Mexico has stepped up immigration raids, pulling hundreds of people off trains in recent weeks, to stop a surge in Central American migrants heading to the United States since Joe Biden took office, according to advocates and data from law enforcement authorities. immigration.
The crackdown on military and police backed immigration officers marks an escalation in Mexico’s efforts to control migration.
While Mexico has welcomed Biden’s commitment to addressing the root causes of migration from Central America, it is concerned that the new administration’s efforts to make it easier for people to seek asylum in the United States are fueling migration and placing a burden about Mexico.
Some 1,200 migrants from Central America, including more than 300 children, were detained in raids between January 25 and February 16 along train routes in six southern and central Mexican states, as well as in the capital, according to the Mexican immigration agency.
More than 800 migrants were also detained while traveling north in buses or tractor trailers in recent weeks, according to figures from immigration authorities counted by Reuters.
Mexico’s National Migration Institute said the decision to launch the train raids was not at the behest of the United States and that it had not made such arrests in recent years because fewer migrants had previously used trains to travel north.
It did not provide comparative data on the total number of migrants caught in raids in previous years.
But Tonatiuh Guillén, head of Mexico’s immigration agency until 2019, told Reuters that the frequency and scale of the current detentions were unprecedented. Guillén said raids had previously been occasional, but were now common practice.
The White House has said that the administration has not discussed with Mexico how it deploys security forces in its own territory.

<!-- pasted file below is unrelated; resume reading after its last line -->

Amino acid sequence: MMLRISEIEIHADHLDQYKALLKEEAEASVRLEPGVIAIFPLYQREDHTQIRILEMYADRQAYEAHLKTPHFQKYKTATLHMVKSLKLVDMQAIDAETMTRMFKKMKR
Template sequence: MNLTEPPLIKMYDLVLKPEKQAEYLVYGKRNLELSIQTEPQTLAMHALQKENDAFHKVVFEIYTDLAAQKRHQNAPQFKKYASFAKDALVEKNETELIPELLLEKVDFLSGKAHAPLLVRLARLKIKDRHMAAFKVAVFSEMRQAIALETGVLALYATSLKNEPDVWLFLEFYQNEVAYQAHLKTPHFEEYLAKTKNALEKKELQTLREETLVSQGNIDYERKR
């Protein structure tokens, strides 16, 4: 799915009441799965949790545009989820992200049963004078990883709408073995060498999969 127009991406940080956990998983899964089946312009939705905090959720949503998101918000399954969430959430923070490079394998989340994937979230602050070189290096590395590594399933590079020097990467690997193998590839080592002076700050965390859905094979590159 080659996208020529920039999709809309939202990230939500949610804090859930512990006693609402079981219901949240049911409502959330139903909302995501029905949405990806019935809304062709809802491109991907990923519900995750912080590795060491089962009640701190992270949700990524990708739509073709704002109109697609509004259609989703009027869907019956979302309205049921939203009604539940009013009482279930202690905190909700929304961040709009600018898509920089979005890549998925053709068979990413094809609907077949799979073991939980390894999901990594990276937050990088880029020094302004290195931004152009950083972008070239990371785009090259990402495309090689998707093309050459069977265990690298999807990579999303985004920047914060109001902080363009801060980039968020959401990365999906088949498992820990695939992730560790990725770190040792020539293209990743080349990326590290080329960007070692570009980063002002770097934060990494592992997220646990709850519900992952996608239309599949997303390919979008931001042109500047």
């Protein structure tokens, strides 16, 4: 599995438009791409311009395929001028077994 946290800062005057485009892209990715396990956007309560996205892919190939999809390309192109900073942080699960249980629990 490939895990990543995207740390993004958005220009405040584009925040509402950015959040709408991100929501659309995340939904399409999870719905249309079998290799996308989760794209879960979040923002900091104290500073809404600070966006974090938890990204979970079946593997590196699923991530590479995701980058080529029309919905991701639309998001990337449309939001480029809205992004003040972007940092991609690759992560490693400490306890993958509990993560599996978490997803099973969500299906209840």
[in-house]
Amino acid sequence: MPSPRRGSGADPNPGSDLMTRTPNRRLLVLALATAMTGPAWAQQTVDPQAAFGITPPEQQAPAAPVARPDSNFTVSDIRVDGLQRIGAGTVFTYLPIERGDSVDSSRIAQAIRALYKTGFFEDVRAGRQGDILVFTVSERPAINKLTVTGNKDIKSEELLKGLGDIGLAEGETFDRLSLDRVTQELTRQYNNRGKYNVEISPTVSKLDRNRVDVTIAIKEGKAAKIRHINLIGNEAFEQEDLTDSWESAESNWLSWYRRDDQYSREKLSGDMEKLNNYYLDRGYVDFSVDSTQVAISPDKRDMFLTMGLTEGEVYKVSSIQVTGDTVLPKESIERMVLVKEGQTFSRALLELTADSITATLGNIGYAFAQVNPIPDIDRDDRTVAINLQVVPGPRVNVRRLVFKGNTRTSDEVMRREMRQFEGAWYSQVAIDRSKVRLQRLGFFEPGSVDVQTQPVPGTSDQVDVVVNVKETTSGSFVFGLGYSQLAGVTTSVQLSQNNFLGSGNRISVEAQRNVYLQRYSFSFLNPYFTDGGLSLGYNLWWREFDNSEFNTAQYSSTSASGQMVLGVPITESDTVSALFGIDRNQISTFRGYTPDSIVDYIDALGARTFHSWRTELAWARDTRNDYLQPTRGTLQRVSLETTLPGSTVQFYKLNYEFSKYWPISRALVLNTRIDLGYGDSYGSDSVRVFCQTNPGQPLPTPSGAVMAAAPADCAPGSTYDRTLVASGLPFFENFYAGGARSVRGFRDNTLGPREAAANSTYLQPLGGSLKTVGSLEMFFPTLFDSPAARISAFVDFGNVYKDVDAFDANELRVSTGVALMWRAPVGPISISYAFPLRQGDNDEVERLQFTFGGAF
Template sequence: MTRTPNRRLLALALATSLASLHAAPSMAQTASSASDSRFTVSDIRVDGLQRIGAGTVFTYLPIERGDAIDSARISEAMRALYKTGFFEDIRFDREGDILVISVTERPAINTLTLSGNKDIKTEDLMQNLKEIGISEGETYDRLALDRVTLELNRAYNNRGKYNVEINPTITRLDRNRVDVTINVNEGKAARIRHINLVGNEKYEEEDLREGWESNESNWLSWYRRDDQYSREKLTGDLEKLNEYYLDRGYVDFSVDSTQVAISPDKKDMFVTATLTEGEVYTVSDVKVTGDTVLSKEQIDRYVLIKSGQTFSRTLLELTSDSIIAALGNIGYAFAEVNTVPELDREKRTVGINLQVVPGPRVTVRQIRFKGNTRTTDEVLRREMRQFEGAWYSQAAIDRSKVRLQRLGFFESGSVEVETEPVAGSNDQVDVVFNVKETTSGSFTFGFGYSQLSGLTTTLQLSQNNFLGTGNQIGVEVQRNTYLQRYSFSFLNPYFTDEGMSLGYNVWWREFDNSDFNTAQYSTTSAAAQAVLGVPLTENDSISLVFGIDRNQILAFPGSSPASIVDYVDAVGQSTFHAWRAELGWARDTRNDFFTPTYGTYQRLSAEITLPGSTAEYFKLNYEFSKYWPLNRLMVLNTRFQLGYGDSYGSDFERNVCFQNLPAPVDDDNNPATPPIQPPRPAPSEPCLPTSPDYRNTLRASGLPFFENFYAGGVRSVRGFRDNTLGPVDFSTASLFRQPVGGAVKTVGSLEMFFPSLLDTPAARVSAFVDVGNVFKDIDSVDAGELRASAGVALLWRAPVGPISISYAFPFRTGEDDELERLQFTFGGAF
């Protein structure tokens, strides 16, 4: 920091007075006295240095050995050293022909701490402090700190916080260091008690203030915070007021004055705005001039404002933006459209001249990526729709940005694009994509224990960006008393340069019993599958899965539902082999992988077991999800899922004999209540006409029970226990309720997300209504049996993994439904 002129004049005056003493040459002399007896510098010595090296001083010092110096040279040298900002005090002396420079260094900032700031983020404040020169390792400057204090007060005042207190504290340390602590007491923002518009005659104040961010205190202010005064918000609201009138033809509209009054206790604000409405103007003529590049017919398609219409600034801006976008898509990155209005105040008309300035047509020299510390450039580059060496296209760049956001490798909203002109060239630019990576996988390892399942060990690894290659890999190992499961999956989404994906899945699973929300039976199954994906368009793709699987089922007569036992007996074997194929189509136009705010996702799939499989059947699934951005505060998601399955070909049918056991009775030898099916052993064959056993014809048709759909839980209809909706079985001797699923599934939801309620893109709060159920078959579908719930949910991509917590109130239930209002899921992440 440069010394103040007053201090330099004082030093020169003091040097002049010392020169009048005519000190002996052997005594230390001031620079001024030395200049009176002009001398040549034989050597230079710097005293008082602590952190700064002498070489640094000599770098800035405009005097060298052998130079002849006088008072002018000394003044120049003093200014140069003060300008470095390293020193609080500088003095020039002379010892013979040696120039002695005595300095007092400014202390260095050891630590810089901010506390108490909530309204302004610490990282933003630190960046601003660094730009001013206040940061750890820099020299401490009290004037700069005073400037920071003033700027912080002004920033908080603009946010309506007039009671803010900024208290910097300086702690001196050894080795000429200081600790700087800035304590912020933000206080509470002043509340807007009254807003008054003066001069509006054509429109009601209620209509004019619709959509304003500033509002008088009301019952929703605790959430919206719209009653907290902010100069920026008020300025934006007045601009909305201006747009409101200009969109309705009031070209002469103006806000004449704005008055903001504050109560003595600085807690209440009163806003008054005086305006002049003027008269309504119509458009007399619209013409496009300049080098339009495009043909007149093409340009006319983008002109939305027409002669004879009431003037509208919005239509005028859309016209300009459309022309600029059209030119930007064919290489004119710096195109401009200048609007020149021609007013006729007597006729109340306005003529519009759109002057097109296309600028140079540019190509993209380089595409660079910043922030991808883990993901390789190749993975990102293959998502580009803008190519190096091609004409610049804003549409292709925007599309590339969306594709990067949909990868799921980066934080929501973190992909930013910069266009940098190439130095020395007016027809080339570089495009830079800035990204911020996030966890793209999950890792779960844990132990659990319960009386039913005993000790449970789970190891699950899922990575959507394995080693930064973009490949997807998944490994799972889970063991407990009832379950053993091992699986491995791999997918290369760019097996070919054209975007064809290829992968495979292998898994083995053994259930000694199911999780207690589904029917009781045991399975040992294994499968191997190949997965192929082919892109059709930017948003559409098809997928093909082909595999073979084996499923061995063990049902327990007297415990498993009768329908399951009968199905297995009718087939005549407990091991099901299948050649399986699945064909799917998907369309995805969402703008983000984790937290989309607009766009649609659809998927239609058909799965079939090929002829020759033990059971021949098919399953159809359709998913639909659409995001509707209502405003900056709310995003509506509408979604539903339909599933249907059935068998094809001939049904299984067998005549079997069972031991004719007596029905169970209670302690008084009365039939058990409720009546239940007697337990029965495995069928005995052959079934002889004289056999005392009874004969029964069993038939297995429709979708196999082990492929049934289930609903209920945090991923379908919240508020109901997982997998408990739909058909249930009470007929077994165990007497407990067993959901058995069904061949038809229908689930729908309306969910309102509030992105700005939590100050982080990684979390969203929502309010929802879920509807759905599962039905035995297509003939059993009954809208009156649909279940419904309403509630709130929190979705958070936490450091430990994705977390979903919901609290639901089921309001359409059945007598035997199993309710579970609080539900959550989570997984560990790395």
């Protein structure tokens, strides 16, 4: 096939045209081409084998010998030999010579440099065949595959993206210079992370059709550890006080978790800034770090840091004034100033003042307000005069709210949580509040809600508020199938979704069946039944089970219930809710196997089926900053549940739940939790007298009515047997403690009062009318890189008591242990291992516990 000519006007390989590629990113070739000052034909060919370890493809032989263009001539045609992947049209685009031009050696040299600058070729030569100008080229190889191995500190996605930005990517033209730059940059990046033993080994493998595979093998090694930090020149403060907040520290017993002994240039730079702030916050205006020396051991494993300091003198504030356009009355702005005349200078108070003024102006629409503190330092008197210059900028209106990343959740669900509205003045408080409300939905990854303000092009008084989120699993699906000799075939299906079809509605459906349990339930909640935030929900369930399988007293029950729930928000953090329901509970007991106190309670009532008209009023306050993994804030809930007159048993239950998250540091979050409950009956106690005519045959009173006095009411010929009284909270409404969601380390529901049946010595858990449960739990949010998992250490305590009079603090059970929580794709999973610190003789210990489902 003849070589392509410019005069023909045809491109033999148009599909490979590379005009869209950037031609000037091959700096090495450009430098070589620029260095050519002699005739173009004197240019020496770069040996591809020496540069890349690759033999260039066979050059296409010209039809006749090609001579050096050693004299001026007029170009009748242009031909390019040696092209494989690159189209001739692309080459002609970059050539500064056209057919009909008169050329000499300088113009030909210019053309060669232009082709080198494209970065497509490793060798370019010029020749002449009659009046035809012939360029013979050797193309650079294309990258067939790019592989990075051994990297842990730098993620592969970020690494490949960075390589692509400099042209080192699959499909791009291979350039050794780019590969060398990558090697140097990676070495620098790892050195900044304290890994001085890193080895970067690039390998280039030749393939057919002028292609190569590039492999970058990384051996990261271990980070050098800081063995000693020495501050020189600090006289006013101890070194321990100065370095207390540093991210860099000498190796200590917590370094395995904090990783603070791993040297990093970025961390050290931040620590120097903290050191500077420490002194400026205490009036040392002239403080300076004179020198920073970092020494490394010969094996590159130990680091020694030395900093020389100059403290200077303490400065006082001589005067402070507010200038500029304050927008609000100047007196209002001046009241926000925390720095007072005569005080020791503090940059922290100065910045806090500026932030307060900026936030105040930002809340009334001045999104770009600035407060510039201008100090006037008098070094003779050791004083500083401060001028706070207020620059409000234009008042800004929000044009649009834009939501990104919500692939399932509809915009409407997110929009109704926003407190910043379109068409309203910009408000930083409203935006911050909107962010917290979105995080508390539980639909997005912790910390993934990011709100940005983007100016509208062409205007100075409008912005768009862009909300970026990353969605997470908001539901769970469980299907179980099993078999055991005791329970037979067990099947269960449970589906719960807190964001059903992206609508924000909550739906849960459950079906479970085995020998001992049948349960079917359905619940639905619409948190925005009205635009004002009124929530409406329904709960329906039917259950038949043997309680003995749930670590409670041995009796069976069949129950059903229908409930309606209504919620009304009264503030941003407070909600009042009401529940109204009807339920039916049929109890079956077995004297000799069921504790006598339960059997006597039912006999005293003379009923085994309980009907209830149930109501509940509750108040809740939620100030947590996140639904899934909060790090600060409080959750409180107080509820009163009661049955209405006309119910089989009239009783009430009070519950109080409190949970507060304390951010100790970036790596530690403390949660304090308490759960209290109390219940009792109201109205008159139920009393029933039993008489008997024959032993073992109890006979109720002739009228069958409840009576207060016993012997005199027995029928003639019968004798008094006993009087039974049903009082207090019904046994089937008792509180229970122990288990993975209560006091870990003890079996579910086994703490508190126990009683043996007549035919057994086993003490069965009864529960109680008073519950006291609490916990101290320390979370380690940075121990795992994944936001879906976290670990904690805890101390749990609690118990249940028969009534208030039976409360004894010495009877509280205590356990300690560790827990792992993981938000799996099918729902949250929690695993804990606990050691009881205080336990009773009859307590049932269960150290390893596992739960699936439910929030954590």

Biden took office in January and vowed to undo many of former President Donald Trump’s restrictive immigration policies. It has started allowing unaccompanied minors arriving at the border to enter the country to submit asylum applications. They had previously been quickly deported.
Biden also reversed a Trump-era program that had forced mostly Central American asylum seekers to wait in Mexico, rather than the United States, while their claims were processed.
Migrants run the risk of being detained and deported if they do not have the proper documentation to be in Mexico, even if they plan to seek asylum at the US border.
“Mexico is playing the role of stopping immigration to the United States,” said Sergio Martín, head of operations in Mexico for the humanitarian organization Doctors Without Borders.
Human rights groups have raised concerns about increased law enforcement activities, saying that Mexican and Central American security forces often violate migrants’ right to seek asylum.
Despite the raids in Mexico, US border agents carried out 100,441 arrests or expulsions of migrants at the border with Mexico in February, the highest monthly total since the 2019 border crisis. The increase was driven by migrants from Central America.
Central American migrants are fleeing criminal violence, economic collapse and a growing hunger crisis, compounded by devastating storms.
George is Digismak’s reported cum editor with 13 years of experience in Journalism